Wednesday, February 4, 2015

Losing Sleep

I slipped into bed last night at 1:05 AM after a Tuesday evening trip to Nashville and back. For his birthday I gave my cousin Josh a ticket to a book reading/concert of our favorite author, Donald Miller. I read Don’s book A Million Miles in a Thousand Years five years ago and it turned my world upside down. For Josh, a college student grappling with big life questions, Miller’s breakout hit Blue Like Jazz had recently struck a chord within him. Josh had class until 5, so I met him at his apartment and we made the two hour trek to Music City. Conversation about life, faith, music, and movies flowed on and off as we made our way to the show. We were both excited to meet Donald Miller, but realized it came at the cost of losing some serious sleep right in the middle of our week.

“You going to be good to wake up early for work tomorrow?” Josh asked as we began our ascent up Mont Eagle Mountain.

“I’ll be fine. I don’t mind losing some sleep for something like this,” I reassured him.

Josh paused.

“Yeah, you want to do stuff like this while you’re younger, because when you’re like fifty you won’t want to.”

“I hope I still want to do stuff like this when I’m in my fifties,” I replied, “I don’t want to lose that sense of adventure as I get older.”

“Nobody wants to, but it just kind of happens.”

The car returned to silence.

Josh was right.

For most of us getting older comes with changes. Sometimes those changes are positive, like when your palette becomes more sophisticated and you grow out of eating only hot dogs and hamburgers to eating hot dogs, hamburgers, and chicken nuggets. You broaden your horizons a little bit. You change. Most of the times these changes are subtle. Just this past year I made the life-changing transition of tucking in my shirt. I had lost a little bit of weight, and my gut no longer protruded as far as it once did, so I went for it. I would have never tucked in my shirt in the past. Little changes. I’ve even been ironing my clothes lately. Yes, I know, I am a 31 year old recovering slob. But that’s how life goes. Most of us don’t just wake up one day and change everything about ourselves; changes bud slowly over months, even years.

You get older and your music gets softer, your bedtime gets earlier, and you start saying things your parents use to say. Oddly enough, all these changes occur unbeknownst to us. I can remember going to a Nickel Creek concert last year downtown at fantastic venue called Track 29. Nickel Creek is an amazingly talented folk/bluegrass band I had wanted to see for nearly a decade. So there I was, standing in the crowd and listening to the beautiful harmonies accompanied by perfect mesh of mandolin, violin, and guitar. I’m trying my best to soak it in, but all I can think about is how my legs hurt from standing on the concrete floor. I looked over at a group of twenty-year-old hipsters who were swaying and singing along to the song. They didn't seem to be experiencing the same problem with the floor as I was. In that moment I would have gladly traded my spot in the crowd (and probably my own shirt) for a metal folding chair. Then I realized something. I am the old dude in the crowd. I’m the family guy. The one with the day job, and the kids at home. I tried to untuck my shirt, but it was too late. Without my approval life had changed me into a boring 30 year old who was too busy wondering if anybody had ibuprofen for his achy joints instead of enjoying the great live music.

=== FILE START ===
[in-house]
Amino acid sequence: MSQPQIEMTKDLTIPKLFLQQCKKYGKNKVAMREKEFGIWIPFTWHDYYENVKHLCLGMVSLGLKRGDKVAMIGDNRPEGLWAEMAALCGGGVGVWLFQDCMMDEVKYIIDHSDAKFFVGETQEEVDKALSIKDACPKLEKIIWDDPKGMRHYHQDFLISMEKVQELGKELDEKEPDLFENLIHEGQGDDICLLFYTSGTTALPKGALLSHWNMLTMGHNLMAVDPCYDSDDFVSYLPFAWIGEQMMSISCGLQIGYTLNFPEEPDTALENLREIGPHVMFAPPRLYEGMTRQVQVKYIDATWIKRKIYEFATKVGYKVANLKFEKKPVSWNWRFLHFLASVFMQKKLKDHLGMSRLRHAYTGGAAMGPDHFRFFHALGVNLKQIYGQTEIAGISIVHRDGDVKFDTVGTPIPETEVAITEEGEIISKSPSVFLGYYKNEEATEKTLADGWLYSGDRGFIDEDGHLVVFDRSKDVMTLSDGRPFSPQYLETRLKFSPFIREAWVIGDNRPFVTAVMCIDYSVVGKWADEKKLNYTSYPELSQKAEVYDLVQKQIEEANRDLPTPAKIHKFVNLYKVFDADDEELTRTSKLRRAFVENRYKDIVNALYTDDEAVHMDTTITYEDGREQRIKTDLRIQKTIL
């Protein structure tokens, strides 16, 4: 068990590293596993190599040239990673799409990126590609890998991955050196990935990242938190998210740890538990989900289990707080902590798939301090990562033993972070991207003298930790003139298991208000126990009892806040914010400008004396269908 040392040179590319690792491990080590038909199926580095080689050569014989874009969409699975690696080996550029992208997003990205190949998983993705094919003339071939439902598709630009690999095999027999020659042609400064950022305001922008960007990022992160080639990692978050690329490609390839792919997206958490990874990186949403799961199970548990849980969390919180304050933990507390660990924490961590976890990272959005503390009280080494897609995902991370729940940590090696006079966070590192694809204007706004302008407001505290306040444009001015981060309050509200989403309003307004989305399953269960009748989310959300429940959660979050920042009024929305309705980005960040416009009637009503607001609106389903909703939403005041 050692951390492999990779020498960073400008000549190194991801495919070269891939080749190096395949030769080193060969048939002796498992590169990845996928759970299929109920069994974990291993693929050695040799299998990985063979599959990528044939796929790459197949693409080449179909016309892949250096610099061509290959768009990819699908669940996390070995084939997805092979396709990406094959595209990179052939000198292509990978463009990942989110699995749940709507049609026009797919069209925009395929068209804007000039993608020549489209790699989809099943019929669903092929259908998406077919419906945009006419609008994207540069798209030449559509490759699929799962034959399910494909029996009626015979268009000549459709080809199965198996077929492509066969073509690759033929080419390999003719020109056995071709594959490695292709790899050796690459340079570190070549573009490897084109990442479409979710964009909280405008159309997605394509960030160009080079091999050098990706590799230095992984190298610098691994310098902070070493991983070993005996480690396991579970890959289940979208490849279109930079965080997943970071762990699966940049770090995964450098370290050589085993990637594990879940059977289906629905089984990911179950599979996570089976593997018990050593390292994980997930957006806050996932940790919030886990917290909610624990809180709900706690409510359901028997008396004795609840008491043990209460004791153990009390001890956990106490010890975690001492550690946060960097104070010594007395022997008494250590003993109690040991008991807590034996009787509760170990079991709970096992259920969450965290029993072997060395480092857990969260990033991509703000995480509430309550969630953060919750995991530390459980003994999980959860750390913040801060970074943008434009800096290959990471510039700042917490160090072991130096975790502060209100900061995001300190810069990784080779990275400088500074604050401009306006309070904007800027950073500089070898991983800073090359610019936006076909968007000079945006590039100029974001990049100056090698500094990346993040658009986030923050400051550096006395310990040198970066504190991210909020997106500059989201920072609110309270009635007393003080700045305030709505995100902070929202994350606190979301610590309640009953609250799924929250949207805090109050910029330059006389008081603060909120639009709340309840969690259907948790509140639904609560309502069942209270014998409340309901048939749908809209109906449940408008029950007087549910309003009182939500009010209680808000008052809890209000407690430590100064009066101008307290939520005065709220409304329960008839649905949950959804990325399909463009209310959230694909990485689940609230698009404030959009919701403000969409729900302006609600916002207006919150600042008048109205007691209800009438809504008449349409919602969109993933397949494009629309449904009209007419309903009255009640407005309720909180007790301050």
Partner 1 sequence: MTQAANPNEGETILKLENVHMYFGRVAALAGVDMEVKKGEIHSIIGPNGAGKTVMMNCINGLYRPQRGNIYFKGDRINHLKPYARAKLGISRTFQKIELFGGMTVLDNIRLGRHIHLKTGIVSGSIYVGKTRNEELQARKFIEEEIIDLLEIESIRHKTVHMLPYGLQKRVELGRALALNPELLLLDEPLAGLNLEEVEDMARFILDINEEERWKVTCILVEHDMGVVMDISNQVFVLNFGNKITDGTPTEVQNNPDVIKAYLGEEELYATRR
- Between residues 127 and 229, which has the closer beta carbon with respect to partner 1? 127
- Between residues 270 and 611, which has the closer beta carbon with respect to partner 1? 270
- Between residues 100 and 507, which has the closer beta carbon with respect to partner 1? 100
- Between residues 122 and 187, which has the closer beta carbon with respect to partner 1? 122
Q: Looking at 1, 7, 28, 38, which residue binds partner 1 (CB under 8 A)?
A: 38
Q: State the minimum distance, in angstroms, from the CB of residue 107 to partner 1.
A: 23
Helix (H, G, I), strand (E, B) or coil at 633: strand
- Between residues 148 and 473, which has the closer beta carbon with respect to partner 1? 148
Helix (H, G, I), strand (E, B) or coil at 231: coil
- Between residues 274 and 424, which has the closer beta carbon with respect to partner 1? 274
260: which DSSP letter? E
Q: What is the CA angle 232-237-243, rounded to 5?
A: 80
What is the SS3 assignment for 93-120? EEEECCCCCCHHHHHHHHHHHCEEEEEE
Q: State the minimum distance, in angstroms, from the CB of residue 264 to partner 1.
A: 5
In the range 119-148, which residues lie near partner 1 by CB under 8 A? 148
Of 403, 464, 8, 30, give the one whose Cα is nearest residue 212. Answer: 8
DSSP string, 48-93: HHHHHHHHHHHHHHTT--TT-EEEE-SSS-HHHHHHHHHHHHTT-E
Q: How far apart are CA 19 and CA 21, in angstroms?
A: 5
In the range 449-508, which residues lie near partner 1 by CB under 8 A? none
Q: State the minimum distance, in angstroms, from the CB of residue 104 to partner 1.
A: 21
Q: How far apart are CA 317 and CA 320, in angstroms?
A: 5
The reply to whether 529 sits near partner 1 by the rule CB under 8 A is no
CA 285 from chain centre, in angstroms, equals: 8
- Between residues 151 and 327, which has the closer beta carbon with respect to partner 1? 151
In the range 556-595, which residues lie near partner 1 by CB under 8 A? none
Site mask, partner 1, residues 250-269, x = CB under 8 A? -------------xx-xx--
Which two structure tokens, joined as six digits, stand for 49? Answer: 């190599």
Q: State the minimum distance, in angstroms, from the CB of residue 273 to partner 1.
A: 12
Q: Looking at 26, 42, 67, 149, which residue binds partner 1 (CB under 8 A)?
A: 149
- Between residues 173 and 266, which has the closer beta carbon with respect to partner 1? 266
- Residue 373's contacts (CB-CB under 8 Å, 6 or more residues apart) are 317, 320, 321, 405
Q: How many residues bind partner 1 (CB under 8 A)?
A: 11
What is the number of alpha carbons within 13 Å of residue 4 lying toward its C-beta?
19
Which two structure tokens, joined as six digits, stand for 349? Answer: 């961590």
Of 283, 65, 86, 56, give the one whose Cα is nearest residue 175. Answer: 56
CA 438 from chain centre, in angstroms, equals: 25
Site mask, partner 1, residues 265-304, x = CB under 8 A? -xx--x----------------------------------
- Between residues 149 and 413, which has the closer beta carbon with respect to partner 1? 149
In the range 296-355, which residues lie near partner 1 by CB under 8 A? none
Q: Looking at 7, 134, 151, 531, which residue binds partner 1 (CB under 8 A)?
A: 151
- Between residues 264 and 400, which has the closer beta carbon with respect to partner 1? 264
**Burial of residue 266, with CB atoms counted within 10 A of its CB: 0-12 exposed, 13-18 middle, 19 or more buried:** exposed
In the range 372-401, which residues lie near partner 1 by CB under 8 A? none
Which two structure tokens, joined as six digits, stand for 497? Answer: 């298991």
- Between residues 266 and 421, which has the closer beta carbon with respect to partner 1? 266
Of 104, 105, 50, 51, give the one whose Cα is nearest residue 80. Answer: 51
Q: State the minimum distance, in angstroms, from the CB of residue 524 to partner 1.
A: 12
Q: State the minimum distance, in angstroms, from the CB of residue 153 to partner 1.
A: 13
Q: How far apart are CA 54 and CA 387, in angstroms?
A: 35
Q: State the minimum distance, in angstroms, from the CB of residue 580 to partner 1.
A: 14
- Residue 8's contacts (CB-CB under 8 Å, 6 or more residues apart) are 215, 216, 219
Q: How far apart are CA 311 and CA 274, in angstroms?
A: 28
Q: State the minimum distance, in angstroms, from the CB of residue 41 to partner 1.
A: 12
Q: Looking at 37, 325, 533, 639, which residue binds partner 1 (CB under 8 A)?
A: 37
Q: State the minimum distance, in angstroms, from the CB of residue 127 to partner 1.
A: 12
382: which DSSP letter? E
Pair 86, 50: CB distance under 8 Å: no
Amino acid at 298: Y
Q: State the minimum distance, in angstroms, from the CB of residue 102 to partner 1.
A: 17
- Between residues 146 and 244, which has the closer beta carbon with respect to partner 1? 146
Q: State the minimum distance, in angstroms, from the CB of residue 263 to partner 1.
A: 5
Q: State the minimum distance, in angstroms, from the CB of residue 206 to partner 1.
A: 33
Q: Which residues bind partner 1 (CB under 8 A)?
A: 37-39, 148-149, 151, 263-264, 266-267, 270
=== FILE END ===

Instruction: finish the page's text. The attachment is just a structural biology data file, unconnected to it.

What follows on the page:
I am not sure when the switch is flipped, and we become old. I actually don’t believe there is a single switch. It seems to be more like a pool float with a pinhole leak. Slowly the air of life seeps out from us, and reduces us to less than what we once were. We lose the spark. Life ceases to amaze us, and we just begin to dial it in. Author Bob Goff calls that spark “Whimsy.” And unfortunately, if we are not careful, our whimsy will slowly fade away.  Bob writes, “There is only one invitation it would kill me to refuse, yet I’m tempted to turn it down all the time. I get the invitation every morning when I wake up to actually live a life of completely engagement, a life of whimsy, a life where love does. It doesn’t come in an envelope. It’s ushered in by a sunrise, the sound of a bird, or the smell of coffee drifting lazily from the kitchen. It’s the invitation to actually live, to fully participate in this amazing life for one more day. Nobody turns down an invitation to the White House, but I’ve seen plenty of people turn down an invitation to fully live.”

The book reading and concert were incredible. Don Miller would read an excerpt from his new book Scary Close, and then singer-songwriter Ben Rector or Thad Cockrell would sing a song that coupled nicely with the reading. We hung around after the show to meet Don. He signed my copy of a Million Miles and I showed him a picture of our son Wesley. I told him that his words inspired us to step into the story of adoption. He was warm and genuinely gracious. The interaction was brief, but I was able to thank him, and that’s all I really wanted to do.
From Left to Right: Ben Rector, Donald Miller, and Thad Cockrell

As Josh drove us home in the freezing cold in the middle of a quiet Tuesday night, I kept thinking to myself how glad I was we made the choice to go to Nashville. I was going to miss some sleep, but what is a few hours of sleep to make a memory? I wouldn't trade those hours back for anything. The conversation. The laughter. The late night gas station snacks. I may be getting older (and trust me I was feeling it after about 12:30) but I never want to let my age steal the whimsy from my life. I never want to be too old to get into an adventure.
Don’t waste an opportunity. Sometimes you just have untuck your shirt and live life to its fullest. You’ll miss some sleep, but you won’t miss the memories.

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